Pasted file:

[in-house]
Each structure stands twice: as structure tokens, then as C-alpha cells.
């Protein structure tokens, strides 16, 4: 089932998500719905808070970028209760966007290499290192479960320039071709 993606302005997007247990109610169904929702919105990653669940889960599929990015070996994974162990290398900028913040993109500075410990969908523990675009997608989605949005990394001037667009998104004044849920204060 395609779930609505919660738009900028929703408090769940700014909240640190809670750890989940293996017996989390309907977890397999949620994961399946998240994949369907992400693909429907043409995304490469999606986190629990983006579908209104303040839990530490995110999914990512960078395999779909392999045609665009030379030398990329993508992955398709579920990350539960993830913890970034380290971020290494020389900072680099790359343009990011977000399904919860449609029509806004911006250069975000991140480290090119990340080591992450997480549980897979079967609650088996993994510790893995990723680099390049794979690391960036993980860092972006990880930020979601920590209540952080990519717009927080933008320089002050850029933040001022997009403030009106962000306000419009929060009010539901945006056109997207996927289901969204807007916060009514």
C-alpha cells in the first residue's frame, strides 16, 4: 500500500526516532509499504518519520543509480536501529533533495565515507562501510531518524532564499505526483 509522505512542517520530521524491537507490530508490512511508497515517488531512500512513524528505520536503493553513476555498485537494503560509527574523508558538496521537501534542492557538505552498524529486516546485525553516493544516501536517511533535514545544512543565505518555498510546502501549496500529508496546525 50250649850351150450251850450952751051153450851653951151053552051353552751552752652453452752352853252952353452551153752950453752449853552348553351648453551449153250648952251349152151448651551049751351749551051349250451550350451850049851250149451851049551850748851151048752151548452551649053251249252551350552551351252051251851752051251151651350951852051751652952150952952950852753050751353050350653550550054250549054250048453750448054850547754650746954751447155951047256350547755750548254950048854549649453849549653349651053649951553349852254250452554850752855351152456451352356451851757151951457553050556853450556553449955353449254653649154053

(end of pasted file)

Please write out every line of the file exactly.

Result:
[in-house]
Each structure stands twice: as structure tokens, then as C-alpha cells.
């Protein structure tokens, strides 16, 4: 089932998500719905808070970028209760966007290499290192479960320039071709 993606302005997007247990109610169904929702919105990653669940889960599929990015070996994974162990290398900028913040993109500075410990969908523990675009997608989605949005990394001037667009998104004044849920204060 395609779930609505919660738009900028929703408090769940700014909240640190809670750890989940293996017996989390309907977890397999949620994961399946998240994949369907992400693909429907043409995304490469999606986190629990983006579908209104303040839990530490995110999914990512960078395999779909392999045609665009030379030398990329993508992955398709579920990350539960993830913890970034380290971020290494020389900072680099790359343009990011977000399904919860449609029509806004911006250069975000991140480290090119990340080591992450997480549980897979079967609650088996993994510790893995990723680099390049794979690391960036993980860092972006990880930020979601920590209540952080990519717009927080933008320089002050850029933040001022997009403030009106962000306000419009929060009010539901945006056109997207996927289901969204807007916060009514």
C-alpha cells in the first residue's frame, strides 16, 4: 500500500526516532509499504518519520543509480536501529533533495565515507562501510531518524532564499505526483 509522505512542517520530521524491537507490530508490512511508497515517488531512500512513524528505520536503493553513476555498485537494503560509527574523508558538496521537501534542492557538505552498524529486516546485525553516493544516501536517511533535514545544512543565505518555498510546502501549496500529508496546525 50250649850351150450251850450952751051153450851653951151053552051353552751552752652453452752352853252952353452551153752950453752449853552348553351648453551449153250648952251349152151448651551049751351749551051349250451550350451850049851250149451851049551850748851151048752151548452551649053251249252551350552551351252051251851752051251151651350951852051751652952150952952950852753050751353050350653550550054250549054250048453750448054850547754650746954751447155951047256350547755750548254950048854549649453849549653349651053649951553349852254250452554850752855351152456451352356451851757151951457553050556853450556553449955353449254653649154053